Forced expression of Delta1 on the bone marrow–derived stromal cell line OP9, which otherwise promotes only myeloid and B-cell development, renders these cells able to induce robust proliferation and maturation of T-cell precursors, up to at least the DP stage of development.47 To compare Delta versus Jagged signals, we overexpressed the full-length cDNA for murine Jagged1 in the parental OP9 using the same expression vector (MigR1) that was used to express Delta1 in these cells. This vector allows coexpression of either Delta1 or Jagged1 as a bi-cistronic message with green fluorescence protein (GFP). The similar level of GFP fluorescence in OP9-MigR1, OP9-Jagged1, and OP9-Delta147 is shown in Figure 2A. We confirmed that Jagged1 is expressed on the surface of OP9-Jagged1 cells by flow cytometric analysis using an antibody directed against the extracellular domain of Jagged1 (Figure 2A). The antibody gave similar levels of background staining on OP9-MigR1 and OP9-Delta1 cells but a clear shift in staining on OP9-Jagged1 cells.
Expression of the mRNAs for various Notch ligands was examined in the OP9 cell lines and in the total thymus epithelial cell (TEC) fraction by RT-PCR analysis (Figure 2B). TECs express detectable levels of Jagged1, Jagged2, and Delta4 mRNAs. The parental OP9 stromal cells express low levels of Jagged1 and undetectable levels of Jagged2, Delta1, or Delta4 mRNAs. As expected, Jagged1 and Delta1 mRNAs are highly expressed in OP9-Jagged1 and OP9-Delta1, respectively. Surprisingly, expression of the endogenous Jagged1 mRNA is induced by approximately 25-fold in OP9-Delta1, suggesting that OP9-Delta1 could express both Delta1 and Jagged1 proteins. However, by immunoprecipitation/Western blot analysis, we were unable to detect endogenous Jagged1 protein in the parental OP9 cells and only trace levels in OP9-Delta1 (Figure 2C).
To ensure that Jagged1 is functional in OP9-Jagged1 cells and to directly compare the ability of OP9-Jagged1 and OP9-Delta1 to transmit Notch signals, we used a well-characterized system in which Notch signals prevent the differentiation of C2C12 myoblast cells into mature myotubes.54 In this system, C2C12 differentiation can be monitored either by the appearance of large multinucleated myotubes or by the induction of myotube-specific genes such as MLC2. We compared the overall level of Notch signals delivered by OP9-Jagged1 and OP9-Delta1 by examining C2C12 differentiation in the presence of increasing doses of the γ-secretase inhibitor L-685458 (inhibitor X).55 The ability of OP9-Jagged1 versus OP9-Delta1 to transmit Notch signals to C2C12 and block differentiation was assessed by examining myotube formation (Figure 3A), or more quantitatively, by monitoring the expression of MLC2 by RT-PCR analysis (Figure 3B). Both OP9-Jagged1 and OP9-Delta1 blocked C2C12 differentiation, and addition of increasing doses of the γ-secretase inhibitor X promoted C2C12 differentiation to similar degrees in OP9-Jagged1 and OP9-Delta1 cocultures. These data suggest that Jagged1 and Delta1 transmit similar levels of Notch signals in C2C12 myoblasts.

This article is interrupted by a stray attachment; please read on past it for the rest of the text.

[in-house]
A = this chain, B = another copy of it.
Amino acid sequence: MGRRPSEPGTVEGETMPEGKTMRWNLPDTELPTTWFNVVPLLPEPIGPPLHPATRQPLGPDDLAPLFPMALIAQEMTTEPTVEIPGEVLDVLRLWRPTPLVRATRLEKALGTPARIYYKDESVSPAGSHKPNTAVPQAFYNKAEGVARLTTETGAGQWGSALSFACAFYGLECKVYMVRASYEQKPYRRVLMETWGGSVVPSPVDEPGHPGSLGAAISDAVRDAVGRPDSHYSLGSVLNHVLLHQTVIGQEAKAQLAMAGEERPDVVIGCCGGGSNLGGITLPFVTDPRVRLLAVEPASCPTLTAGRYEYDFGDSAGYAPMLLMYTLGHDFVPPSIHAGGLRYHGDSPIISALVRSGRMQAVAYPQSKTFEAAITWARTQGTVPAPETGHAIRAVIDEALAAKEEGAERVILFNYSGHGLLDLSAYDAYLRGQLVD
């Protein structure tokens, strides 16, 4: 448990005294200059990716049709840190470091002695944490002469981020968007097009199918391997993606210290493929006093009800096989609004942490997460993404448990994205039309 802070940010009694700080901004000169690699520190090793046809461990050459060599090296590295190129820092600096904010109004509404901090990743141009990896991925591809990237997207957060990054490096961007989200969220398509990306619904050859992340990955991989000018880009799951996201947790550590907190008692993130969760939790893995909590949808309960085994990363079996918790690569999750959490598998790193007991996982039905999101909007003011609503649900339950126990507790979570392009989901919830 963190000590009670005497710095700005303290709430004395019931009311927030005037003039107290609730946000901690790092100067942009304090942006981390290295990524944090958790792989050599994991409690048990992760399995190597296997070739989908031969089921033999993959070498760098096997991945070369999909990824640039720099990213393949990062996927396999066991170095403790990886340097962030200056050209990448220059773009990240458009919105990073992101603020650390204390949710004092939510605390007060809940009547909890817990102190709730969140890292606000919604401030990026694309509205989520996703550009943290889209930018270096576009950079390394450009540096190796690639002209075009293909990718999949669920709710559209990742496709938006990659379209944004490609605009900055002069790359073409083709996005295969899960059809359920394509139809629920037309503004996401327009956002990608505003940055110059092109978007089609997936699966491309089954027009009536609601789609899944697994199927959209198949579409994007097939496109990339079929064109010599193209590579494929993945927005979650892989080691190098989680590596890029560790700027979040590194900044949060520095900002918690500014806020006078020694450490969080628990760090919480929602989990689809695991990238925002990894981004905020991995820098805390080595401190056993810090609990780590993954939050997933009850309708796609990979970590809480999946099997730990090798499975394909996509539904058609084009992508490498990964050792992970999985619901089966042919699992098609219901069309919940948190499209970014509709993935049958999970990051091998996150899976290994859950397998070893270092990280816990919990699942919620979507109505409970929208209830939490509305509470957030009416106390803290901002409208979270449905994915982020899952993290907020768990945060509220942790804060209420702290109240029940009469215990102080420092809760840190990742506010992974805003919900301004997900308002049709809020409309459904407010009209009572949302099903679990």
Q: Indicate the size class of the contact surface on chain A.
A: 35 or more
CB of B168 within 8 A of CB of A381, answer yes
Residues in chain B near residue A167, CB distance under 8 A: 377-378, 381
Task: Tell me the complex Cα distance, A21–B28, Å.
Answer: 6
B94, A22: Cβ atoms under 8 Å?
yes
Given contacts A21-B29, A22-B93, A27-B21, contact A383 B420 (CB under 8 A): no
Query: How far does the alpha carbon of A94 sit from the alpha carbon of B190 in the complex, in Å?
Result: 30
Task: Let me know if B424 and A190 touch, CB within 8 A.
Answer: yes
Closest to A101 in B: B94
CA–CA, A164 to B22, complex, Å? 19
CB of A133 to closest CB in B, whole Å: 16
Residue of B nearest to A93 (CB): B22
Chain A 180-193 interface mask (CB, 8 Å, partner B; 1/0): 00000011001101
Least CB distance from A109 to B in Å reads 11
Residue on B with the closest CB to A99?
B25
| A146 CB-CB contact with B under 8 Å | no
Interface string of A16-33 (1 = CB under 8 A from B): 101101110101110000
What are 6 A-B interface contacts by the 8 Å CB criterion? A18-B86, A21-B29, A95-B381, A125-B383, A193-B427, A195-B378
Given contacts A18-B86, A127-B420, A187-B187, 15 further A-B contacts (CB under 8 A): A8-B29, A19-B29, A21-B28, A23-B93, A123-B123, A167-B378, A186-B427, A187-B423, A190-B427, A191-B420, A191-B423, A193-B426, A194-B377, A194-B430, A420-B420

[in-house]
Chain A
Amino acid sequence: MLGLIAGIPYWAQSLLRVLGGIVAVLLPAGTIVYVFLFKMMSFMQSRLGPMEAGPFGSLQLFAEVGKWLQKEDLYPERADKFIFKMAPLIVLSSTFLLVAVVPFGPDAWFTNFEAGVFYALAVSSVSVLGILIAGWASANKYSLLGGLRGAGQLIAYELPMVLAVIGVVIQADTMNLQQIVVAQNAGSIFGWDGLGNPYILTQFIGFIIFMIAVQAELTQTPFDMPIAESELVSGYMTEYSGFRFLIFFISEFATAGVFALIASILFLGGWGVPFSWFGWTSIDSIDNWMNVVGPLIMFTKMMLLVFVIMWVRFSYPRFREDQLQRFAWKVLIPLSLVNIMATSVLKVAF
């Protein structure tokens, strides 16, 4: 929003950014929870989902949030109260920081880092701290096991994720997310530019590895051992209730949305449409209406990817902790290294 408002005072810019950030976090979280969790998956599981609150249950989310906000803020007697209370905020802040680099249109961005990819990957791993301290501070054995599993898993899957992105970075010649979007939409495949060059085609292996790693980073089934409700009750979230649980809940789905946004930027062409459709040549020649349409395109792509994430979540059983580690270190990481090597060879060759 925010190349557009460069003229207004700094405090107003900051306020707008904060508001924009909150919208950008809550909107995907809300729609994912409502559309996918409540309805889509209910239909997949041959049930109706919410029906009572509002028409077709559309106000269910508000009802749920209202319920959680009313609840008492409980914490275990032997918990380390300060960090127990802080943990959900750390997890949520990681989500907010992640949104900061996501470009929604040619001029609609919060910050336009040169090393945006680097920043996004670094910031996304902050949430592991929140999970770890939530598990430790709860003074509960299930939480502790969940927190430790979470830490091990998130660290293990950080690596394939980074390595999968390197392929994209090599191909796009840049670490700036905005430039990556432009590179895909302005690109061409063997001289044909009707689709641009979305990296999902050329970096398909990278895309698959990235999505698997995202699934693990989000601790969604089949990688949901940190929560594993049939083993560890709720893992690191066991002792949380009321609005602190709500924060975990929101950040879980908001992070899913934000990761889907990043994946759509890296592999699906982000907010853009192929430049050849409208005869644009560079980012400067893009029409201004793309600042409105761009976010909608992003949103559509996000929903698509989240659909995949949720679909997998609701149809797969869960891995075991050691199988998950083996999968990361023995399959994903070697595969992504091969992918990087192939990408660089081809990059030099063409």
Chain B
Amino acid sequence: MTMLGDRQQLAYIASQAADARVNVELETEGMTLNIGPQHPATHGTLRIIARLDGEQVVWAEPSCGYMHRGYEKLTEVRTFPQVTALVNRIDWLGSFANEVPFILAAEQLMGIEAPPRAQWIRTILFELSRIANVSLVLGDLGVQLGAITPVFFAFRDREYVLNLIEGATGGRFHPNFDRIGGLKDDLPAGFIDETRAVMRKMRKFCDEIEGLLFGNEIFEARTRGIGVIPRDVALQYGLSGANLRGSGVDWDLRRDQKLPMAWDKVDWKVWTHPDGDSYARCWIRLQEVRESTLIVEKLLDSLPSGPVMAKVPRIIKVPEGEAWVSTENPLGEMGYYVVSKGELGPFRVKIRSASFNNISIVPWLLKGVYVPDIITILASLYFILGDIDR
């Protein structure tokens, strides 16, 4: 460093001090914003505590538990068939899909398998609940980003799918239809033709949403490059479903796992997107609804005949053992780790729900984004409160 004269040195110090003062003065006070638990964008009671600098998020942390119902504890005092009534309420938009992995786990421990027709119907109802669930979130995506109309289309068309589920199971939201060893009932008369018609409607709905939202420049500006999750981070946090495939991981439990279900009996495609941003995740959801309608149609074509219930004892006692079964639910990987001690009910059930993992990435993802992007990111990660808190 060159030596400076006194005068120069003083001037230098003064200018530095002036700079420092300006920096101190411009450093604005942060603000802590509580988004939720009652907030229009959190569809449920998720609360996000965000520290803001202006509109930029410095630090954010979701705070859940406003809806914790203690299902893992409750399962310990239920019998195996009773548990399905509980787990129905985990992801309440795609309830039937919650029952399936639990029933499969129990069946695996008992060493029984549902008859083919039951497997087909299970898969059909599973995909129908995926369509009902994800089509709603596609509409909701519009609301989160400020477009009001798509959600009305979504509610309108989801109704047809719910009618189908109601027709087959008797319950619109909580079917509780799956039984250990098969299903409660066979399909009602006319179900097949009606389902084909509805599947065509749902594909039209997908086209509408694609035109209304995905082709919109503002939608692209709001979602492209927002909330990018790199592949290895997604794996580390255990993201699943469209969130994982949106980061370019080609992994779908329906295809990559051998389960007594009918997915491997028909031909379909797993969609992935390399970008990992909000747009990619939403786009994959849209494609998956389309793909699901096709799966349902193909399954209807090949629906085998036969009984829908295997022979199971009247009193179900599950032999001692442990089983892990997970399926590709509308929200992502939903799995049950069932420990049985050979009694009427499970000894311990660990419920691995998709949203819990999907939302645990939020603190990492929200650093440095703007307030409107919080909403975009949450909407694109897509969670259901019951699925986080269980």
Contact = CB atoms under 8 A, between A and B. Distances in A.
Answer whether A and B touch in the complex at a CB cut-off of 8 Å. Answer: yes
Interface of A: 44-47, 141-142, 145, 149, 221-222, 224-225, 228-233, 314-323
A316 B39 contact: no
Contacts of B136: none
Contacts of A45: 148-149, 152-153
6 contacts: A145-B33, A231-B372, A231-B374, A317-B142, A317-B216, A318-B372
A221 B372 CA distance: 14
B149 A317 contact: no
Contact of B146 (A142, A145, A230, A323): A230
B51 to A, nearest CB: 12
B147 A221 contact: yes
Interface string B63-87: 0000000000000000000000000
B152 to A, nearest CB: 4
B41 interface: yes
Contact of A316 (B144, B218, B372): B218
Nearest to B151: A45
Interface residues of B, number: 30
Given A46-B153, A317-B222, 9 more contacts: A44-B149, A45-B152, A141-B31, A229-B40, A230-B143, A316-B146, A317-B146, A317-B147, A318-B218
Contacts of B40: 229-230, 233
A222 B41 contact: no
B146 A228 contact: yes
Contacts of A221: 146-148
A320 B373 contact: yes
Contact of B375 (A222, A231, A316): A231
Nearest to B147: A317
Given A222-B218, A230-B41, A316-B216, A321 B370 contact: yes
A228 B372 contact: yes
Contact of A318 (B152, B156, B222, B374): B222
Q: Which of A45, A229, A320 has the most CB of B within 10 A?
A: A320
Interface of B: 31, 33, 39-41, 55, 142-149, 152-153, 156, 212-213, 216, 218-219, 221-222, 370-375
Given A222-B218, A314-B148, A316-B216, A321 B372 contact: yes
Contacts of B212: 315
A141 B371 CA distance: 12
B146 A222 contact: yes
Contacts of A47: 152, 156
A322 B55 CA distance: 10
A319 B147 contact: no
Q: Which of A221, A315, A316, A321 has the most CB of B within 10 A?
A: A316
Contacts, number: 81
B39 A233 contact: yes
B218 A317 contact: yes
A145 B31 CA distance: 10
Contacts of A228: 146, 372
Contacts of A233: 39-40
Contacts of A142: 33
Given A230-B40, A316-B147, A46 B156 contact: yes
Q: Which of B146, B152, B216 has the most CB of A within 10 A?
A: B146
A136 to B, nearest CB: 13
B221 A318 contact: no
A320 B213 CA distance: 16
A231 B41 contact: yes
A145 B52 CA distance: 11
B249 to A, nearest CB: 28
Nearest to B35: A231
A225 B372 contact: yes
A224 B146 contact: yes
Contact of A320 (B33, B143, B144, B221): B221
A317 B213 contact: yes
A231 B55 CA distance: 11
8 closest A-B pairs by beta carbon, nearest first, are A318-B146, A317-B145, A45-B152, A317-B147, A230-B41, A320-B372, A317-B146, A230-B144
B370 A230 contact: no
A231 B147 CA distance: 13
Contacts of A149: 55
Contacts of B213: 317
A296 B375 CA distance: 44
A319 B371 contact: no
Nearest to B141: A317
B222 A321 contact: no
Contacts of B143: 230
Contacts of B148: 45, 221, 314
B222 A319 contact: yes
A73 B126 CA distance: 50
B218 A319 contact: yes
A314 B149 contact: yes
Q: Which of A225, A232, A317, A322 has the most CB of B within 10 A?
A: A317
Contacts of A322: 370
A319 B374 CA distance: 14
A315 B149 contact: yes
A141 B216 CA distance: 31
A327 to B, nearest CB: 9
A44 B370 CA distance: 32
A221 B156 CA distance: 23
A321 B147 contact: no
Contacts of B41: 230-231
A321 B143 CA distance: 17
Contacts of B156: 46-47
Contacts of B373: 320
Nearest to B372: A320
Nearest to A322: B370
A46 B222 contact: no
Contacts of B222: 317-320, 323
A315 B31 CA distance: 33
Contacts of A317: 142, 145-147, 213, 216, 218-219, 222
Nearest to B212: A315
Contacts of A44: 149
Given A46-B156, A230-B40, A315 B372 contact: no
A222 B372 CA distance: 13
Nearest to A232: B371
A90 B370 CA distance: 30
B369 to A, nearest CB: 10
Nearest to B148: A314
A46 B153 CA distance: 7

Delta and Jagged inhibit B-cell development in an early thymic precursor but only Delta promotes T-cell maturation
To determine whether Notch ligands differ in their ability to promote specific stages of T-cell development, we examined 2 different precursor populations: bone marrow–derived stem cells (BM-HSCs) and the earliest thymic progenitors, DN1 thymocytes (thymus DN1). BM-HSCs were isolated by gating out lineage marker–positive cells and sorting for c-Kithi/Sca1hi stem cells. DN1 thymocytes were sorted as lineage-negative CD44+/CD25– (Figure 4A). Sorted precursor populations were cultured on OP9-MigR1, OP9-Jagged1, and OP9-Delta1, and their ability to respond to Notch ligands was monitored by examining proliferation and inhibition of B-lineage commitment and T-cell maturation through the DN to DP stages.
BM-HSCs proliferated well irrespective of whether they received Notch signals (Figure 4B), although the cell type accumulating in these cultures differed dramatically (Figure 5). In contrast, DN1 thymocytes proliferated preferentially in response to Delta1 and expanded poorly on OP9-Jagged1. When cultured on OP9-MigR1, DN1 cells proliferated with delayed kinetics. It appeared from microscopic evaluation that only individual clones of DN1 thymocytes proliferated in OP9-MigR1 cultures. Limiting dilution analysis confirmed that fewer than 1 in 300 DN1 progenitors had the capacity to proliferate on OP9-MigR1 (data not shown and Porritt et al22 and Schmitt et al56 ).
To examine whether coculture with OP9-Jagged1 and OP9-Delta1 inhibited B-cell development in the 2 cell populations described above, we monitored expression of B220 and CD19 (Figure 5A). As expected from previous data examining human stem cells,46 BM-HSCs developed efficiently into CD19+ B cells when cultured on OP9-MigR1 or OP9-Jagged1 but failed to differentiate into B cells on OP9-Delta1. Instead, BM-HSCs cultured on OP9-Delta1 differentiated into Thy1+ T cells (not shown). Similar to BM-HSCs, the few DN1 thymocytes that grew when cocultured with OP9-MigR1 differentiated efficiently into CD19+ B-lineage cells. However, in contrast to BM-HSCs, OP9-Jagged1 inhibited the differentiation of DN1 thymocytes into CD19+ B-lineage cells (Figure 5A).